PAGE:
Sequential Study on the Influence of Adriamycin on Cell Proliferation and Ultrastructure of Cultured Mammary Tumor Cells

Ahmad R. Safa, Michael T. Tseng, Ricky J. Ballou

Research output: Contribution to journalArticle

3 Scopus citations

Abstract

The time-dependent cytocidal and growth inhibitory effects of Adriamycin (ADM) on monolayer cultures of 7,12-dimethylbenz[a]anthracene (DMBA)-induced mammary tumor cells were analyzed. The inhibitory effect on cell proliferation was assessed by colony formation in soft agar. Growth inhibition and [3H]thymidine labeling indices clearly demonstrate a dose-dependent antimitotic and cytotoxic effect of the drug. At low concentrations (10–9–10–8 M), 90–100% of cells survived 24-hr exposure. At a higher concentration (10–5 M), 75–80% of cells survived after 8-hr exposure; by 72 hr only 20–30% of the cells remained. Autoradiographic examination of the pulse-labeled cultures demonstrated no change in the proportion of cells in S-phase during the first 4 hr of treatment. Subsequently DNA synthesis was completely abolished and remained inhibited for the duration of the experiment (72 hr). Clonogenic assay revealed a complete arrest of growth in cells exposed to 10–5 M ADM and greater than 60% inhibition of cell proliferation at 10–7 M. Ultrastructural changes were not observed in cells during the first 4 hr of treatment; however, after 8 hr most surviving cells exhibited alterations in nuclear chromatin. The surviving cells also showed mitochondrial degeneration, myelin body formation, and vacuolization of the endoplasmic reticulum. This study shows the potential usefulness of the primary culture system in drug evaluation. In addition, serial observation of the effects of ADM revealed a cell subpopulation of the primary culture with differential sensitivity to the drug.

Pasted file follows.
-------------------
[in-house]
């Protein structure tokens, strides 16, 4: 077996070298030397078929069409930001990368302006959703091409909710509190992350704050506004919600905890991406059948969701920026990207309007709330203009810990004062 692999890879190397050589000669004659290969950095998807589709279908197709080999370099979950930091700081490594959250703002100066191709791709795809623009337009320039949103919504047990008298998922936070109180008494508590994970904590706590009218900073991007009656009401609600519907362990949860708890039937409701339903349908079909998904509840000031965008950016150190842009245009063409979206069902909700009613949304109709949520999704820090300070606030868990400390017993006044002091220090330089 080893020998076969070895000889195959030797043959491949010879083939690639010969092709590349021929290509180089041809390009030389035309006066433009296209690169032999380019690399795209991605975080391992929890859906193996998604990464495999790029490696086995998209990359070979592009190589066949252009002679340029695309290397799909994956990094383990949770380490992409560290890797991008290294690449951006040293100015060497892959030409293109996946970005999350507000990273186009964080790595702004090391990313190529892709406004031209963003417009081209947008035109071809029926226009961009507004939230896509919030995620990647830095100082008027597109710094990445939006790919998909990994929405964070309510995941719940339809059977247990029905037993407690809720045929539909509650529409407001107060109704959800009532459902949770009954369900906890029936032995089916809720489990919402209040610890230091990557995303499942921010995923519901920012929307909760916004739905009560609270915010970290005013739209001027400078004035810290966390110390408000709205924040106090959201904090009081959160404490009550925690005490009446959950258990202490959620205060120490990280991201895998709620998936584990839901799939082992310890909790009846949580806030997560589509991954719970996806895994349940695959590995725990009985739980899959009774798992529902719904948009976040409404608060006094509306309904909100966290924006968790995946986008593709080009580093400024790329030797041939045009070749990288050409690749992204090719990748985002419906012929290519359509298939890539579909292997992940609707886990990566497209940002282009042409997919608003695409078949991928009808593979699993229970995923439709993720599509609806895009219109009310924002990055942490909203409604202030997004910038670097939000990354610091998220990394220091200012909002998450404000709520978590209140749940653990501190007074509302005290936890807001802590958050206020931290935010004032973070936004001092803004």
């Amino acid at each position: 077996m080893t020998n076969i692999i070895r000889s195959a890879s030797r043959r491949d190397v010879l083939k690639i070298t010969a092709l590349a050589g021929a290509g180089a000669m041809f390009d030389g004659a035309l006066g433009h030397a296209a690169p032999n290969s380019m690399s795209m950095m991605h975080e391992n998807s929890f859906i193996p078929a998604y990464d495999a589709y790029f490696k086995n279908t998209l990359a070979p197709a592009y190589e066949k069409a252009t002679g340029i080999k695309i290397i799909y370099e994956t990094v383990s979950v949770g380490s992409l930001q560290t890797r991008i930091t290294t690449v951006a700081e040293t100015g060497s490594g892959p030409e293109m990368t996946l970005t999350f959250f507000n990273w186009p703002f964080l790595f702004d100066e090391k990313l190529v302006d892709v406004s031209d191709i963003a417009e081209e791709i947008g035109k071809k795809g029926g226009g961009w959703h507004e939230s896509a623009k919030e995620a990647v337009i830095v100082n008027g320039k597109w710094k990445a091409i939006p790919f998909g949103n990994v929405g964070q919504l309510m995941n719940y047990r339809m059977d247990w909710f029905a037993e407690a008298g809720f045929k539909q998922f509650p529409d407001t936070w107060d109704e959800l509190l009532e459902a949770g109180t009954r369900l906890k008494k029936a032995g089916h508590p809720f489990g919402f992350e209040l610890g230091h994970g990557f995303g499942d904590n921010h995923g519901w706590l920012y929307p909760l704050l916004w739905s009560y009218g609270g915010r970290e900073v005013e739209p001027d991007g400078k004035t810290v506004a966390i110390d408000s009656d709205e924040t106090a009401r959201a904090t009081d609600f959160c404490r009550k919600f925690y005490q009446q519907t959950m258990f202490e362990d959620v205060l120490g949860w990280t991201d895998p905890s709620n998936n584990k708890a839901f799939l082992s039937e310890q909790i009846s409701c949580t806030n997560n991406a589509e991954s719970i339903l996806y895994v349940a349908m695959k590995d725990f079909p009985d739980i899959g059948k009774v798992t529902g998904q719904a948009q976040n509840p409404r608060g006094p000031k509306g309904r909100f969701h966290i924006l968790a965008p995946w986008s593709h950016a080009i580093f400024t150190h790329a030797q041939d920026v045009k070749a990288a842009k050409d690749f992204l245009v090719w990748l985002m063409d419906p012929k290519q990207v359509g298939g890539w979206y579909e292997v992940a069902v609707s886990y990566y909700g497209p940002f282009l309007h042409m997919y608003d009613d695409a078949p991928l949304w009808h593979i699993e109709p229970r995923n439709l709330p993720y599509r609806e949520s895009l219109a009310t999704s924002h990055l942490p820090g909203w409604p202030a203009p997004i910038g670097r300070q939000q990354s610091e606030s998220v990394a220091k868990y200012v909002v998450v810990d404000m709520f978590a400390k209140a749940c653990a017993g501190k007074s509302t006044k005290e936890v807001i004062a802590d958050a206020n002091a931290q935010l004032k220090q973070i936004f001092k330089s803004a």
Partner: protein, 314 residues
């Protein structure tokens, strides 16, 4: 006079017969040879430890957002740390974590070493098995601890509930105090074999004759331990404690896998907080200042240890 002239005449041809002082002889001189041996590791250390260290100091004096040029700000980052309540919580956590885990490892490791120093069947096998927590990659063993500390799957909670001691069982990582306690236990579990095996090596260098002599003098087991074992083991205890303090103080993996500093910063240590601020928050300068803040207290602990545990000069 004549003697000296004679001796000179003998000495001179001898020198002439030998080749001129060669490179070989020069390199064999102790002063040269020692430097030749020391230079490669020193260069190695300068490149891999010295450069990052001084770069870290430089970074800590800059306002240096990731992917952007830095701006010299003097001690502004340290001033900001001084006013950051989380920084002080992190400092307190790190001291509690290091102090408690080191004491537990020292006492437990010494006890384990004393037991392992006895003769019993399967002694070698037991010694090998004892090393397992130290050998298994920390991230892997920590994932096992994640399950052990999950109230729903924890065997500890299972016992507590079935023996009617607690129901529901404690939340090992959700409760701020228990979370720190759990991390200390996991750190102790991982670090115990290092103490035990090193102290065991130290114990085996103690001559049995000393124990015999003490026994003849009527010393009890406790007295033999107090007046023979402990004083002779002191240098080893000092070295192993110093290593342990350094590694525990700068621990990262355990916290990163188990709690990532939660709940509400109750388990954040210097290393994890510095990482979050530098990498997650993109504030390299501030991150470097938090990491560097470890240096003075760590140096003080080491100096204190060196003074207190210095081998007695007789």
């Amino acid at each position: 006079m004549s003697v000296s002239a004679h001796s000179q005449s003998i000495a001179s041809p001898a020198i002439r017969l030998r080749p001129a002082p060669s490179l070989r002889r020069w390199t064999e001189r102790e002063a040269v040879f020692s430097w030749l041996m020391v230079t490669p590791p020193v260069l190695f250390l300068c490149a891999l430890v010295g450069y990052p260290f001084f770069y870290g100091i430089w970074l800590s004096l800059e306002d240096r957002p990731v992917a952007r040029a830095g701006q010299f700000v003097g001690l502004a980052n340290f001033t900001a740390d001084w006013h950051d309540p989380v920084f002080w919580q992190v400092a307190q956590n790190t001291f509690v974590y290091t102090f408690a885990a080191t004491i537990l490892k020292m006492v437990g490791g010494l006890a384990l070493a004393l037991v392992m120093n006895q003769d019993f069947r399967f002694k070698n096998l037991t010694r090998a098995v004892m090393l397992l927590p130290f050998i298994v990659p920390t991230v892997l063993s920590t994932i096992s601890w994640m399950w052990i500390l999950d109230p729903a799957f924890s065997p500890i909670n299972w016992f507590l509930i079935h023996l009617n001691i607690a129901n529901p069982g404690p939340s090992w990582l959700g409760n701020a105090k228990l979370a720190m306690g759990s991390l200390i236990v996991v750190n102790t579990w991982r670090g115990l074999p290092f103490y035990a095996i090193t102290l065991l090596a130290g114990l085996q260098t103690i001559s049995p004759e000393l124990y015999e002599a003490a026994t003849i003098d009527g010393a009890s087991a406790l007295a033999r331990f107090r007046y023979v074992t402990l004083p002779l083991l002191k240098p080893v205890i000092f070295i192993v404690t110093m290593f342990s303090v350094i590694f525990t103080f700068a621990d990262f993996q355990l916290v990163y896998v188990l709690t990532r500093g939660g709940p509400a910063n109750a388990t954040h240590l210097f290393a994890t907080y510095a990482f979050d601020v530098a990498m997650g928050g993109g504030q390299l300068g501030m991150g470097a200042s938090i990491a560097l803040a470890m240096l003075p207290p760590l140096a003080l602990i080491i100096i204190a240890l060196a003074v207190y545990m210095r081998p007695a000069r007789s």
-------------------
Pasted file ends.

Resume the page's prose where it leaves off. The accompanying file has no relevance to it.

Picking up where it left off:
Original languageEnglish (US)
Pages (from-to)276-283
Number of pages8
JournalProceedings of the Society for Experimental Biology and Medicine
Volume174
Issue number2
DOIs
StatePublished - Nov 1983
Externally publishedYes

ASJC Scopus subject areas

  • Biochemistry, Genetics and Molecular Biology(all)

Fingerprint Dive into the research topics of 'Sequential Study on the Influence of Adriamycin on Cell Proliferation and Ultrastructure of Cultured Mammary Tumor Cells'. Together they form a unique fingerprint.

  • Cite this